I had a tummy tuck approx 5 years ago, and it went well, though I'm not sure if what I am experiencing is normal. Post surgery and still today, I have a flat belly button and when I do sit ups I have a bulge going down the middle of my core area. Its as if my muscles aren't sewn together right or something-no matter how many sit ups I do, I cannot get definition. Is this normal?
5 Years Post Tummy Tuck and I Still Have a Bulge
Doctor Answers 6
Sit-ups won't be enough
Either your muscles were not plicated (sutured together) or the sutures may have come undone (unlikely). A bulge down your midline indicates a separation of the muscles. Only surgery will correct this. Ask your original surgeon if he plicated your muscles or see another board certified surgeon for an axamination and recommendations.
A consultation is necessary.
An exam is the only way to determine of you need a revision or not on your tummy tuck. This can be a sign of a muscle seperation.
Muscle Laxity after Tummy Tuck
It sounds as though either you did not have a muscle plication during your initial surgery or the repair loosened after your previous tummy tuck. Unfortunately, the only way to correct this is revision surgery with muscle plications sutures to tighten the bulge centrally. This would give you the best contour and shape. I wish you a safe and healthy recovery.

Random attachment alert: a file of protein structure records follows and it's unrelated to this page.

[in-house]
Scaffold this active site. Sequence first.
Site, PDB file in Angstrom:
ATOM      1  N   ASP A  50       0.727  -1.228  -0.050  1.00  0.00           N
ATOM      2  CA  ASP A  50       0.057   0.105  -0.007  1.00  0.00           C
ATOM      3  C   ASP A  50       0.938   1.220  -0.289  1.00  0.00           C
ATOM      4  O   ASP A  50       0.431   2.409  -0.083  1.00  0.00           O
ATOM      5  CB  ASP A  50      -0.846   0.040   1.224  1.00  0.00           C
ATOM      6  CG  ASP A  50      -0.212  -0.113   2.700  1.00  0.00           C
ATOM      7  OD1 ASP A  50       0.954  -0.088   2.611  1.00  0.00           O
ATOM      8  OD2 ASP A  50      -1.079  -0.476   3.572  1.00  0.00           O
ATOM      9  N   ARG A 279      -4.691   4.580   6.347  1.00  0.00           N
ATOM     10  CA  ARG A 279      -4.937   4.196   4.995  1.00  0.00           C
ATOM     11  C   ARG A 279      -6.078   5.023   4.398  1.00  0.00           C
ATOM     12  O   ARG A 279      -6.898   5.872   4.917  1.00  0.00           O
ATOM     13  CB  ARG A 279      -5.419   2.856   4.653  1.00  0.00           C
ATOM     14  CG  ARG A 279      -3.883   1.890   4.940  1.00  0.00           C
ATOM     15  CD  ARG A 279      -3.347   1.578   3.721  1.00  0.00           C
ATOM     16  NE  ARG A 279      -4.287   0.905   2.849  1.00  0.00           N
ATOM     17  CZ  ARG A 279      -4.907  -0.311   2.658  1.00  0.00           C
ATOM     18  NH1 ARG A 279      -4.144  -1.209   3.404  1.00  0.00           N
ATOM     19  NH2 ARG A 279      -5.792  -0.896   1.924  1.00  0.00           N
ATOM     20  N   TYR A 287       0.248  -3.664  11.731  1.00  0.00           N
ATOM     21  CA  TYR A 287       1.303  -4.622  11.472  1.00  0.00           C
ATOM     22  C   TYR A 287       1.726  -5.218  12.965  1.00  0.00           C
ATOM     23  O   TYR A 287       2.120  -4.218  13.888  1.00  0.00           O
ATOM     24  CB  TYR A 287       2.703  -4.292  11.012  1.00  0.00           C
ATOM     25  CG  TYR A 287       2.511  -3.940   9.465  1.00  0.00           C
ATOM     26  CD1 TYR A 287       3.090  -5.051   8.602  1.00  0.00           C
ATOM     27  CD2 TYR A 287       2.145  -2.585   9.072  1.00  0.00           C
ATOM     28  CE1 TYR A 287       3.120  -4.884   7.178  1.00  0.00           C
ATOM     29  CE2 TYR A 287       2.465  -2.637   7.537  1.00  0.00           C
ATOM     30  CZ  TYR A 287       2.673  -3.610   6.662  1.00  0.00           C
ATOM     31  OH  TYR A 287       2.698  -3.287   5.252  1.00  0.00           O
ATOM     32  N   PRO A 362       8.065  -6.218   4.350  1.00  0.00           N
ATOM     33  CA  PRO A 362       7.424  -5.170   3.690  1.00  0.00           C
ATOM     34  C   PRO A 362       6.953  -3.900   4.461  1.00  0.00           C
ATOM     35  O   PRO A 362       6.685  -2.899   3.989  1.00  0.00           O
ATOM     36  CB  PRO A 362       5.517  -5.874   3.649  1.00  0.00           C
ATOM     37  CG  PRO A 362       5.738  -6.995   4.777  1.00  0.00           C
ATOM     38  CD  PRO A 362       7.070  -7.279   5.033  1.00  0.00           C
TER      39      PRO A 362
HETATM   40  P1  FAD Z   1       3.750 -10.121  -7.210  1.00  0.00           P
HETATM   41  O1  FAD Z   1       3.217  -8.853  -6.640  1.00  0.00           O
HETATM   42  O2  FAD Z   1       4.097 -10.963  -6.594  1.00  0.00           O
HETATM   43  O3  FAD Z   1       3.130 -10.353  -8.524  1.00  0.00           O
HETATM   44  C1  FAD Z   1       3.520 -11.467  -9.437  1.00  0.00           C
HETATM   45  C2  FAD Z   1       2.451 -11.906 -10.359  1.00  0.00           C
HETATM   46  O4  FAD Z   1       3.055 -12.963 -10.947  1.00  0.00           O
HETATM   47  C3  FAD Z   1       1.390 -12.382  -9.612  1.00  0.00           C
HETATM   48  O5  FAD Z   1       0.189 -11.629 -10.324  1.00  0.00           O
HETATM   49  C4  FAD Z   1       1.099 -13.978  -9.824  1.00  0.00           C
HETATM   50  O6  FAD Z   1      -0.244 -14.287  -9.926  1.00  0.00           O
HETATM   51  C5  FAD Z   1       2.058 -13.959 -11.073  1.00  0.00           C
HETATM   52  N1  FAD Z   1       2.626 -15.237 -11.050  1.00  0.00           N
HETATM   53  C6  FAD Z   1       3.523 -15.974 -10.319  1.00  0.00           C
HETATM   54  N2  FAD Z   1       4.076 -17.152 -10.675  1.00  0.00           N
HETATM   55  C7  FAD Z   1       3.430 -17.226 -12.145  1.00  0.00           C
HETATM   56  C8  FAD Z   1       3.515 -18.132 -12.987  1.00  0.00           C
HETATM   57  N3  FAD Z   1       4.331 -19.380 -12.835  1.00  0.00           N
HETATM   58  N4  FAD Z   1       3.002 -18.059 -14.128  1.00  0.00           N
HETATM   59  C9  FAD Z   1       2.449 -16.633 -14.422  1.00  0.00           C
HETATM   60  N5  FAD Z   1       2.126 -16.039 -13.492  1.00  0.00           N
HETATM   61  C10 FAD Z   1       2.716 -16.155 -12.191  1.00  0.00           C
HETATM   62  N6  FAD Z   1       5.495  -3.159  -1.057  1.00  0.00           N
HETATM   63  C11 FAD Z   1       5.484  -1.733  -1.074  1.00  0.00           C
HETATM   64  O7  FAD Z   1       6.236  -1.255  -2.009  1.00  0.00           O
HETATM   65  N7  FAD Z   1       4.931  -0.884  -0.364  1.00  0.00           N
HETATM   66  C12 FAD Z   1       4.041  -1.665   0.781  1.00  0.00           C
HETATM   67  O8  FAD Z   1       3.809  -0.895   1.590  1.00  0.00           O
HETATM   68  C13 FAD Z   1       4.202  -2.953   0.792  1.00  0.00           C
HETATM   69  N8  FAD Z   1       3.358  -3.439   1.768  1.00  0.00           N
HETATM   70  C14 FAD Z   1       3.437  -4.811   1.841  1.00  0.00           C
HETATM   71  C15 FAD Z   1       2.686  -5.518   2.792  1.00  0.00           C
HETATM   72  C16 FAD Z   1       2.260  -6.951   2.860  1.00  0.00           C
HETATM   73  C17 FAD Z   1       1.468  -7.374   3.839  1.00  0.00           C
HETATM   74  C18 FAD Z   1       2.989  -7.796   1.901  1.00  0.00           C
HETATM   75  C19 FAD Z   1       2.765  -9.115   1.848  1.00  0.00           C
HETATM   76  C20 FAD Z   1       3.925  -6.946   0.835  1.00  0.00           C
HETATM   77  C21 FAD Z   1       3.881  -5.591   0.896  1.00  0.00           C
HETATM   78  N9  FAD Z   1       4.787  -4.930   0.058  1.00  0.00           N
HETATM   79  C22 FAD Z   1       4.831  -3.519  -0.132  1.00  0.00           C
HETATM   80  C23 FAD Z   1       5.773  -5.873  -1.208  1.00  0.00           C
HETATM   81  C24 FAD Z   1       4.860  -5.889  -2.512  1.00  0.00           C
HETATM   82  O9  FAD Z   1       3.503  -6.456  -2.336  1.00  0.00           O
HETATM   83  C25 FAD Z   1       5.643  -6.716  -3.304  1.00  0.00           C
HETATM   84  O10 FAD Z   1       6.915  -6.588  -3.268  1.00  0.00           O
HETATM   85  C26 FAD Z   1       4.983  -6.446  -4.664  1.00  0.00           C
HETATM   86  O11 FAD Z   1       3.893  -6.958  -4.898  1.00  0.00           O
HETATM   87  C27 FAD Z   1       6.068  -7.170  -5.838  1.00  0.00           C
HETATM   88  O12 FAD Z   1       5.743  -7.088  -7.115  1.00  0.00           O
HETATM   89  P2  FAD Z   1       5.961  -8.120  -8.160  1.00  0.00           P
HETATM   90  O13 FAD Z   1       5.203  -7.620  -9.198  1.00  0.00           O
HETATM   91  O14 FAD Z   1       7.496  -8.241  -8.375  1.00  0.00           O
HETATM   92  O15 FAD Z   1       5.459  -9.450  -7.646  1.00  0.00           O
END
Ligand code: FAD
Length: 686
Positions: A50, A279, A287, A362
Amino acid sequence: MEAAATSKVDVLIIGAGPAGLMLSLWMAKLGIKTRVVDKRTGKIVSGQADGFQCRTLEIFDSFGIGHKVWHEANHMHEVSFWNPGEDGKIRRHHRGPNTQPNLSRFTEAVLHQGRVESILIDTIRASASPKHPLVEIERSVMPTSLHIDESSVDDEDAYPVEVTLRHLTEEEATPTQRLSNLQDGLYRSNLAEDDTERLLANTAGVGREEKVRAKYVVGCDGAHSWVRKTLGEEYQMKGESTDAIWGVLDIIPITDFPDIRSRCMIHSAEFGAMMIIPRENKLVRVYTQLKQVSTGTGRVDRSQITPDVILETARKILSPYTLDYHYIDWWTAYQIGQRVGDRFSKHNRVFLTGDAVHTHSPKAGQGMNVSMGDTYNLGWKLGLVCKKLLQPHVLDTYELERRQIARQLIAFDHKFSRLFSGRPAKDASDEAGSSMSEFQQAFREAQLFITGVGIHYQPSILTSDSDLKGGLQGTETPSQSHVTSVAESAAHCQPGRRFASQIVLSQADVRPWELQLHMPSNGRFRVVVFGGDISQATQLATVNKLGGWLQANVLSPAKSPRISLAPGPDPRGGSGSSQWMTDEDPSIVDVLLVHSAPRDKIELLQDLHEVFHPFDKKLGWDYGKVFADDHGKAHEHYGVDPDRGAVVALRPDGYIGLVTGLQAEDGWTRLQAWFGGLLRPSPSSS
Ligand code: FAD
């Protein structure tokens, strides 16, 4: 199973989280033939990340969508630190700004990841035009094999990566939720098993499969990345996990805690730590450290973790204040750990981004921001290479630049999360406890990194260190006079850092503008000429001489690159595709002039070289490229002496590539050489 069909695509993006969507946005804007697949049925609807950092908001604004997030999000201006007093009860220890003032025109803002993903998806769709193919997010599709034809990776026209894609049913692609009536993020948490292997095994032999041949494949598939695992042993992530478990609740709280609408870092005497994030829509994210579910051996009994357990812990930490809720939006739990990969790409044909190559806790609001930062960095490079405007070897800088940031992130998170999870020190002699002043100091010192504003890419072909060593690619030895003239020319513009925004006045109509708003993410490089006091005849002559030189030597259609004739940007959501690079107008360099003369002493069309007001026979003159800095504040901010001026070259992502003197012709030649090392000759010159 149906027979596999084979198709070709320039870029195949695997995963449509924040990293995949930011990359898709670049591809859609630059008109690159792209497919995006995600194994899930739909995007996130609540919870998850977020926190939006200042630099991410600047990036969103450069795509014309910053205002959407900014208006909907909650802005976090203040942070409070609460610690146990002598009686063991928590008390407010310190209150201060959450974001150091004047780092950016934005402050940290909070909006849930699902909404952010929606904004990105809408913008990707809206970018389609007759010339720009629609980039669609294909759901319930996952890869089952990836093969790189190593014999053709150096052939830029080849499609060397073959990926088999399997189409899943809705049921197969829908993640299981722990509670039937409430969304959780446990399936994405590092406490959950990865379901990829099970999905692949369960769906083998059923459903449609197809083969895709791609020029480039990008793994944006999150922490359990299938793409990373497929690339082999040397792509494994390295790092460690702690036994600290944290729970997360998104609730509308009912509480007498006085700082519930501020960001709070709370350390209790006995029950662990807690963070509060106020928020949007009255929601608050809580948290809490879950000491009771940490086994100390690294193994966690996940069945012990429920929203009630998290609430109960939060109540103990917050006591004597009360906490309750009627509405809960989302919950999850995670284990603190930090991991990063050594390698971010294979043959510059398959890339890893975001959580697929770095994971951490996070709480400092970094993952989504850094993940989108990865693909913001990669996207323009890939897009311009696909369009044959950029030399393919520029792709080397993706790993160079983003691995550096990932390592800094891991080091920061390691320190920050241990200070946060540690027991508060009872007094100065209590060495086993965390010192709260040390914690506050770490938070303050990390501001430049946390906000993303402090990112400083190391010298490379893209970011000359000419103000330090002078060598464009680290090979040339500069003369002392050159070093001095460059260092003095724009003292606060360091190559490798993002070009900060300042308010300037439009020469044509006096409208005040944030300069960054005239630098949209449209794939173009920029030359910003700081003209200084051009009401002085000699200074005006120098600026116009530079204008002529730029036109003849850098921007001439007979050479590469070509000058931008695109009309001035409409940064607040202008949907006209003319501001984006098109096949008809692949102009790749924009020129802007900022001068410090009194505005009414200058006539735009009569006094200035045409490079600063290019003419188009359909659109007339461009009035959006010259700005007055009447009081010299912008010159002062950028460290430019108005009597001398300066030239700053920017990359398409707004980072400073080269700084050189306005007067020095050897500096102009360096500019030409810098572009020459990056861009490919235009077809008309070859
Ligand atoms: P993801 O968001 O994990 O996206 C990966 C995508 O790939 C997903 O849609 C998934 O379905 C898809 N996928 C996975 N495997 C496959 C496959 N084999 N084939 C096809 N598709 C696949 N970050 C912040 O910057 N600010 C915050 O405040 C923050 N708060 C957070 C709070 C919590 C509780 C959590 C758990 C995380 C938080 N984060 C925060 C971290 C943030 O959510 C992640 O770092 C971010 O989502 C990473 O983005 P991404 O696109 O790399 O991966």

You might also like...
Bulge after tummy tuck
From what you describe it appears there is a space between the muscles ( known as diastasis) which is still present. You are not going to make that any better by doing more sit ups. It may be that the diastasis was not repaired or perhaps the sutures have ruptured. Unfortunately the diastasis will not get any better without a surgical repair.
Wishing you all the best.
Sounds like your muscles may be separated
I reccomend you see your surgeon and be examined. It is not normal to bulge when you do a sit up and you may have recurrent laxity of your abdominal wall.
These answers are for educational purposes and should not be relied upon as a substitute for medical advice you may receive from your physician. If you have a medical emergency, please call 911. These answers do not constitute or initiate a patient/doctor relationship.